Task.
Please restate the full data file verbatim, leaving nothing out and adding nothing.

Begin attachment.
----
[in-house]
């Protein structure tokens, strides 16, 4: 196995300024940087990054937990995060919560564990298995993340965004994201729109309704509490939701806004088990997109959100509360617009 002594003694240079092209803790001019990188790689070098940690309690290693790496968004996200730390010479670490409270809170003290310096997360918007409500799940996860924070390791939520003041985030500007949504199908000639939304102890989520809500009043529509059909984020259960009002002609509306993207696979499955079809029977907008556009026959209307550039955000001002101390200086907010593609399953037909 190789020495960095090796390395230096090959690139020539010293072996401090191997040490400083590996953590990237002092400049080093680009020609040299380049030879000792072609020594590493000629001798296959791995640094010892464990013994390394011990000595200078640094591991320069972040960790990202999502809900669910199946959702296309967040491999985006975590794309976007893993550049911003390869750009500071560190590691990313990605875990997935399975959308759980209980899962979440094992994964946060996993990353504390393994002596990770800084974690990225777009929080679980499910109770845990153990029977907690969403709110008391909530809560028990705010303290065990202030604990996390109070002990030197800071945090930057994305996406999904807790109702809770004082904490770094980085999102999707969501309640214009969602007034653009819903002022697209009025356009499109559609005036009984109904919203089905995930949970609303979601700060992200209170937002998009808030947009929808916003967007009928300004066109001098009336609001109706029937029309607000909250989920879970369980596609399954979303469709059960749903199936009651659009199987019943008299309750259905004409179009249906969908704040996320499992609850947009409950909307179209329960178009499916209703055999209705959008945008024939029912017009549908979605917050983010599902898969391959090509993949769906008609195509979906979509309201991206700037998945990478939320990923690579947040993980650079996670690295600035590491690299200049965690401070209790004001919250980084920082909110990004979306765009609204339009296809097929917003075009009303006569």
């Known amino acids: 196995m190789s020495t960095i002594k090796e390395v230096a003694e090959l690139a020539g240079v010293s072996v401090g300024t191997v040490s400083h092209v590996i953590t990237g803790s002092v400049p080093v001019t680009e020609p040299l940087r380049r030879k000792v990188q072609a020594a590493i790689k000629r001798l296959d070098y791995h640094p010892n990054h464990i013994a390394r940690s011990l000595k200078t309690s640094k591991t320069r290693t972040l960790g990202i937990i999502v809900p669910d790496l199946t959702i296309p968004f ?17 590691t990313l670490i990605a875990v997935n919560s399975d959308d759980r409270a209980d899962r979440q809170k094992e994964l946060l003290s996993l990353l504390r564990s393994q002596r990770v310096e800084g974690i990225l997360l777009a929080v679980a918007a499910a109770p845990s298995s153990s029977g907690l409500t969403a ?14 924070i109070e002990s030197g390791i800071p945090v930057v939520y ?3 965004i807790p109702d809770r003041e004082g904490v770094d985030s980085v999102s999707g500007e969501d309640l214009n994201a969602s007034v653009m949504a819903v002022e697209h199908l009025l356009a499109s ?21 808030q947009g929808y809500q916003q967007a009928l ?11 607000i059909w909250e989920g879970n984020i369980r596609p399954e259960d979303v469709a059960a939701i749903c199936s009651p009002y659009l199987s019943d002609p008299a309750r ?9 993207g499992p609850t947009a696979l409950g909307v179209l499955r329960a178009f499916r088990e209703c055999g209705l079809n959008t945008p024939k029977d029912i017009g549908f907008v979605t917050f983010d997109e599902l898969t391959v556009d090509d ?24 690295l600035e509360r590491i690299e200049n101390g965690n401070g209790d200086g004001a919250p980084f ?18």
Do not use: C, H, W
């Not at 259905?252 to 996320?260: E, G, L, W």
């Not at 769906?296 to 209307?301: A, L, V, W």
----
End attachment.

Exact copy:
[in-house]
């Protein structure tokens, strides 16, 4: 196995300024940087990054937990995060919560564990298995993340965004994201729109309704509490939701806004088990997109959100509360617009 002594003694240079092209803790001019990188790689070098940690309690290693790496968004996200730390010479670490409270809170003290310096997360918007409500799940996860924070390791939520003041985030500007949504199908000639939304102890989520809500009043529509059909984020259960009002002609509306993207696979499955079809029977907008556009026959209307550039955000001002101390200086907010593609399953037909 190789020495960095090796390395230096090959690139020539010293072996401090191997040490400083590996953590990237002092400049080093680009020609040299380049030879000792072609020594590493000629001798296959791995640094010892464990013994390394011990000595200078640094591991320069972040960790990202999502809900669910199946959702296309967040491999985006975590794309976007893993550049911003390869750009500071560190590691990313990605875990997935399975959308759980209980899962979440094992994964946060996993990353504390393994002596990770800084974690990225777009929080679980499910109770845990153990029977907690969403709110008391909530809560028990705010303290065990202030604990996390109070002990030197800071945090930057994305996406999904807790109702809770004082904490770094980085999102999707969501309640214009969602007034653009819903002022697209009025356009499109559609005036009984109904919203089905995930949970609303979601700060992200209170937002998009808030947009929808916003967007009928300004066109001098009336609001109706029937029309607000909250989920879970369980596609399954979303469709059960749903199936009651659009199987019943008299309750259905004409179009249906969908704040996320499992609850947009409950909307179209329960178009499916209703055999209705959008945008024939029912017009549908979605917050983010599902898969391959090509993949769906008609195509979906979509309201991206700037998945990478939320990923690579947040993980650079996670690295600035590491690299200049965690401070209790004001919250980084920082909110990004979306765009609204339009296809097929917003075009009303006569």
């Known amino acids: 196995m190789s020495t960095i002594k090796e390395v230096a003694e090959l690139a020539g240079v010293s072996v401090g300024t191997v040490s400083h092209v590996i953590t990237g803790s002092v400049p080093v001019t680009e020609p040299l940087r380049r030879k000792v990188q072609a020594a590493i790689k000629r001798l296959d070098y791995h640094p010892n990054h464990i013994a390394r940690s011990l000595k200078t309690s640094k591991t320069r290693t972040l960790g990202i937990i999502v809900p669910d790496l199946t959702i296309p968004f ?17 590691t990313l670490i990605a875990v997935n919560s399975d959308d759980r409270a209980d899962r979440q809170k094992e994964l946060l003290s996993l990353l504390r564990s393994q002596r990770v310096e800084g974690i990225l997360l777009a929080v679980a918007a499910a109770p845990s298995s153990s029977g907690l409500t969403a ?14 924070i109070e002990s030197g390791i800071p945090v930057v939520y ?3 965004i807790p109702d809770r003041e004082g904490v770094d985030s980085v999102s999707g500007e969501d309640l214009n994201a969602s007034v653009m949504a819903v002022e697209h199908l009025l356009a499109s ?21 808030q947009g929808y809500q916003q967007a009928l ?11 607000i059909w909250e989920g879970n984020i369980r596609p399954e259960d979303v469709a059960a939701i749903c199936s009651p009002y659009l199987s019943d002609p008299a309750r ?9 993207g499992p609850t947009a696979l409950g909307v179209l499955r329960a178009f499916r088990e209703c055999g209705l079809n959008t945008p024939k029977d029912i017009g549908f907008v979605t917050f983010d997109e599902l898969t391959v556009d090509d ?24 690295l600035e509360r590491i690299e200049n101390g965690n401070g209790d200086g004001a919250p980084f ?18």
Do not use: C, H, W
């Not at 259905?252 to 996320?260: E, G, L, W």
């Not at 769906?296 to 209307?301: A, L, V, W």